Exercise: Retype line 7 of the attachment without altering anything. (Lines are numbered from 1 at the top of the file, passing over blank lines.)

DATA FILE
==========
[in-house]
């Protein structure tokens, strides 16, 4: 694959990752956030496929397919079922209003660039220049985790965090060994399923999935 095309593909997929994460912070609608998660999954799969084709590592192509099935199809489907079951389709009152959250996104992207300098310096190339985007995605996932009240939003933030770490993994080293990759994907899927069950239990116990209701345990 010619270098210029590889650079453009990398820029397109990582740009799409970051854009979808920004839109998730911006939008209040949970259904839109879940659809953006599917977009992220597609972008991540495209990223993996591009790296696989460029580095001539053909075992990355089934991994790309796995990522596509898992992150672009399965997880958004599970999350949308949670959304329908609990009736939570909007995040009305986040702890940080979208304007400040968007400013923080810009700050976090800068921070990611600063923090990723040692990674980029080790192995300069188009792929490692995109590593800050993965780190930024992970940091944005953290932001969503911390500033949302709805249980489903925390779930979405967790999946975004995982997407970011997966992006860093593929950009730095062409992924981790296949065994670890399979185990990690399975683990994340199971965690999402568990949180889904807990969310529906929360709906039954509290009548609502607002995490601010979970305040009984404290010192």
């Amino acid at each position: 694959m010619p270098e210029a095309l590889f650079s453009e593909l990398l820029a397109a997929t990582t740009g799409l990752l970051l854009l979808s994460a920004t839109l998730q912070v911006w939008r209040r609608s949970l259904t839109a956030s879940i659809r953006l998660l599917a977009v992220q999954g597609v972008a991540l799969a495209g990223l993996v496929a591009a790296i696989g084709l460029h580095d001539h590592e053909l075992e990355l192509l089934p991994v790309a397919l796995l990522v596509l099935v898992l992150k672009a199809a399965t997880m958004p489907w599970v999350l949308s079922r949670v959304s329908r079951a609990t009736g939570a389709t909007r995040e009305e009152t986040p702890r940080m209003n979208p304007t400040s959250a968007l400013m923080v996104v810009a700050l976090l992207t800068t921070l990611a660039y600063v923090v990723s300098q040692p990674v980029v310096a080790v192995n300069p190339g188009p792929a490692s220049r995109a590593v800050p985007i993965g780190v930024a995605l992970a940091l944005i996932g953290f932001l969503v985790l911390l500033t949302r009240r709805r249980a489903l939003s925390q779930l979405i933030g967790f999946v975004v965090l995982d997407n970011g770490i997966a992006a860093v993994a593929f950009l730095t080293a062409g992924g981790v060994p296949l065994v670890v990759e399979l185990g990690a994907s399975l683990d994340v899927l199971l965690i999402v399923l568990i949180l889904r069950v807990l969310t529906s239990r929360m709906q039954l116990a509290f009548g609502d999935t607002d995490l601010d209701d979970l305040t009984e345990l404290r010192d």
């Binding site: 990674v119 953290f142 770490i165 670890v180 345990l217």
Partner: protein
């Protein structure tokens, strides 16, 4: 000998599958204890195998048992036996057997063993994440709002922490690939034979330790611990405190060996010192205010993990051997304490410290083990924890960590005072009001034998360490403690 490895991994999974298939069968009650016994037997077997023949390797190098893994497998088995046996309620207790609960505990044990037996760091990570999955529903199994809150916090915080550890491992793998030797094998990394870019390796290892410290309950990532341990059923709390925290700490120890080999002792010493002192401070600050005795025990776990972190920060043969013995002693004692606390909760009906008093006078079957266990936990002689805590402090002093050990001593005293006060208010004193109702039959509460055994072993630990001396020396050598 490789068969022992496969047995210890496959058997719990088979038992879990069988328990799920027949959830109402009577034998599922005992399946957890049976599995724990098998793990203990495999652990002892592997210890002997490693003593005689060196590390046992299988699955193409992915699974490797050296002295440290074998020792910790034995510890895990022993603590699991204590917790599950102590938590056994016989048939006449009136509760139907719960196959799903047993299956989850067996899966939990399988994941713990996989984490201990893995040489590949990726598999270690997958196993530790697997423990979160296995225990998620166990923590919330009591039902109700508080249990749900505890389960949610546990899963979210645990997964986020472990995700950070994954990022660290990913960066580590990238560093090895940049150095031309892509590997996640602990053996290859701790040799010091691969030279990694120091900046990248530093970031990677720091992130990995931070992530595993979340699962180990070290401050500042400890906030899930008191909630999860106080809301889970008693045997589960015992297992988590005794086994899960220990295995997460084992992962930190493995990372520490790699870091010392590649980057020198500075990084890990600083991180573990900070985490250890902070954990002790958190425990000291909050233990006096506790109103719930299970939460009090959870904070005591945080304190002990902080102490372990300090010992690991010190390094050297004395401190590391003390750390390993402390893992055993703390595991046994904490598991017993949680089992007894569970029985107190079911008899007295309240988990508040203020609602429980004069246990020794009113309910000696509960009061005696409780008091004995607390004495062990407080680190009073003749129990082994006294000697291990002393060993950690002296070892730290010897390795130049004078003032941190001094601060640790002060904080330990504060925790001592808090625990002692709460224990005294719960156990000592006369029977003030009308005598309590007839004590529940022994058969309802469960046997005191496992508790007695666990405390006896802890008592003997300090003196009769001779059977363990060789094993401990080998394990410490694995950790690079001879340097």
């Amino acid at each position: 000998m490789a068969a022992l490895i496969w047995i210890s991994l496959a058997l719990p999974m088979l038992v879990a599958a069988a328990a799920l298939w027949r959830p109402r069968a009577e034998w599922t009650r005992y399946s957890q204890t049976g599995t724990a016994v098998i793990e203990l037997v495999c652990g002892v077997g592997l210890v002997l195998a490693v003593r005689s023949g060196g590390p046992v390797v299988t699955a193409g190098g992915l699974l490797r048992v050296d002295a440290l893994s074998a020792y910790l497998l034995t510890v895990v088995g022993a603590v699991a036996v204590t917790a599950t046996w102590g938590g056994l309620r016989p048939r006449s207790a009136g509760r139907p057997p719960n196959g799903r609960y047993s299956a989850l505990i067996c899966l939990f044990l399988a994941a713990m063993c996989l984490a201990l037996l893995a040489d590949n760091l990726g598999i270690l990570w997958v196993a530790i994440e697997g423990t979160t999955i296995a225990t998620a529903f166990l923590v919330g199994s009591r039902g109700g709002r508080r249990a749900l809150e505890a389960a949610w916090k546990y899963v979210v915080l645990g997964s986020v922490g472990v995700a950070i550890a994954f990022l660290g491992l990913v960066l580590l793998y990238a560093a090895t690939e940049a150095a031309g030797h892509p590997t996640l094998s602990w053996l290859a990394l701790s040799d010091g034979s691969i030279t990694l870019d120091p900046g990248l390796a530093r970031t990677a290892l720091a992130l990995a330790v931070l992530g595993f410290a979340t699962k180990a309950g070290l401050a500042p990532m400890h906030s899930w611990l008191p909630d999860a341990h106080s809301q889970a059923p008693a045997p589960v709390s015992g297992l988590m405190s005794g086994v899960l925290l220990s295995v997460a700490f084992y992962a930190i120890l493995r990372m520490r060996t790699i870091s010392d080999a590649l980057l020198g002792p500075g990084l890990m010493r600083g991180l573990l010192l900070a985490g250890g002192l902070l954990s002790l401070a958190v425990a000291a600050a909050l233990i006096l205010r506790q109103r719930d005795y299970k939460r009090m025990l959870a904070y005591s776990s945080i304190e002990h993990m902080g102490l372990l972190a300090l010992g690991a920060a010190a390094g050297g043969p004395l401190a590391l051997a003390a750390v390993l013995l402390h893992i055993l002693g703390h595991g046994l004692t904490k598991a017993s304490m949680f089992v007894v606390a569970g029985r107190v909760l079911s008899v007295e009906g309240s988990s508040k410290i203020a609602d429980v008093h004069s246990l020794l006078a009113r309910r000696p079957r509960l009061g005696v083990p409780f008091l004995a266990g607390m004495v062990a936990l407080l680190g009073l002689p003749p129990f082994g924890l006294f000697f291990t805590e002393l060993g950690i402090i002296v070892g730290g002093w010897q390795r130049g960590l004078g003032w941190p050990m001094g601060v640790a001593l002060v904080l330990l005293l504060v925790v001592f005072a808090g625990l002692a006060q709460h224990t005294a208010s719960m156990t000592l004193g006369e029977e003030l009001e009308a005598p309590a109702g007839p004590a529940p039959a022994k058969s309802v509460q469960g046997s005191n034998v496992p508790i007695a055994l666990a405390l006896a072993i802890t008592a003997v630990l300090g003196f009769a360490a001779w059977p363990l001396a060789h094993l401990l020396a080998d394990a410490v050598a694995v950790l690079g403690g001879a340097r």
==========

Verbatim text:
């Amino acid at each position: 000998m490789a068969a022992l490895i496969w047995i210890s991994l496959a058997l719990p999974m088979l038992v879990a599958a069988a328990a799920l298939w027949r959830p109402r069968a009577e034998w599922t009650r005992y399946s957890q204890t049976g599995t724990a016994v098998i793990e203990l037997v495999c652990g002892v077997g592997l210890v002997l195998a490693v003593r005689s023949g060196g590390p046992v390797v299988t699955a193409g190098g992915l699974l490797r048992v050296d002295a440290l893994s074998a020792y910790l497998l034995t510890v895990v088995g022993a603590v699991a036996v204590t917790a599950t046996w102590g938590g056994l309620r016989p048939r006449s207790a009136g509760r139907p057997p719960n196959g799903r609960y047993s299956a989850l505990i067996c899966l939990f044990l399988a994941a713990m063993c996989l984490a201990l037996l893995a040489d590949n760091l990726g598999i270690l990570w997958v196993a530790i994440e697997g423990t979160t999955i296995a225990t998620a529903f166990l923590v919330g199994s009591r039902g109700g709002r508080r249990a749900l809150e505890a389960a949610w916090k546990y899963v979210v915080l645990g997964s986020v922490g472990v995700a950070i550890a994954f990022l660290g491992l990913v960066l580590l793998y990238a560093a090895t690939e940049a150095a031309g030797h892509p590997t996640l094998s602990w053996l290859a990394l701790s040799d010091g034979s691969i030279t990694l870019d120091p900046g990248l390796a530093r970031t990677a290892l720091a992130l990995a330790v931070l992530g595993f410290a979340t699962k180990a309950g070290l401050a500042p990532m400890h906030s899930w611990l008191p909630d999860a341990h106080s809301q889970a059923p008693a045997p589960v709390s015992g297992l988590m405190s005794g086994v899960l925290l220990s295995v997460a700490f084992y992962a930190i120890l493995r990372m520490r060996t790699i870091s010392d080999a590649l980057l020198g002792p500075g990084l890990m010493r600083g991180l573990l010192l900070a985490g250890g002192l902070l954990s002790l401070a958190v425990a000291a600050a909050l233990i006096l205010r506790q109103r719930d005795y299970k939460r009090m025990l959870a904070y005591s776990s945080i304190e002990h993990m902080g102490l372990l972190a300090l010992g690991a920060a010190a390094g050297g043969p004395l401190a590391l051997a003390a750390v390993l013995l402390h893992i055993l002693g703390h595991g046994l004692t904490k598991a017993s304490m949680f089992v007894v606390a569970g029985r107190v909760l079911s008899v007295e009906g309240s988990s508040k410290i203020a609602d429980v008093h004069s246990l020794l006078a009113r309910r000696p079957r509960l009061g005696v083990p409780f008091l004995a266990g607390m004495v062990a936990l407080l680190g009073l002689p003749p129990f082994g924890l006294f000697f291990t805590e002393l060993g950690i402090i002296v070892g730290g002093w010897q390795r130049g960590l004078g003032w941190p050990m001094g601060v640790a001593l002060v904080l330990l005293l504060v925790v001592f005072a808090g625990l002692a006060q709460h224990t005294a208010s719960m156990t000592l004193g006369e029977e003030l009001e009308a005598p309590a109702g007839p004590a529940p039959a022994k058969s309802v509460q469960g046997s005191n034998v496992p508790i007695a055994l666990a405390l006896a072993i802890t008592a003997v630990l300090g003196f009769a360490a001779w059977p363990l001396a060789h094993l401990l020396a080998d394990a410490v050598a694995v950790l690079g403690g001879a340097r």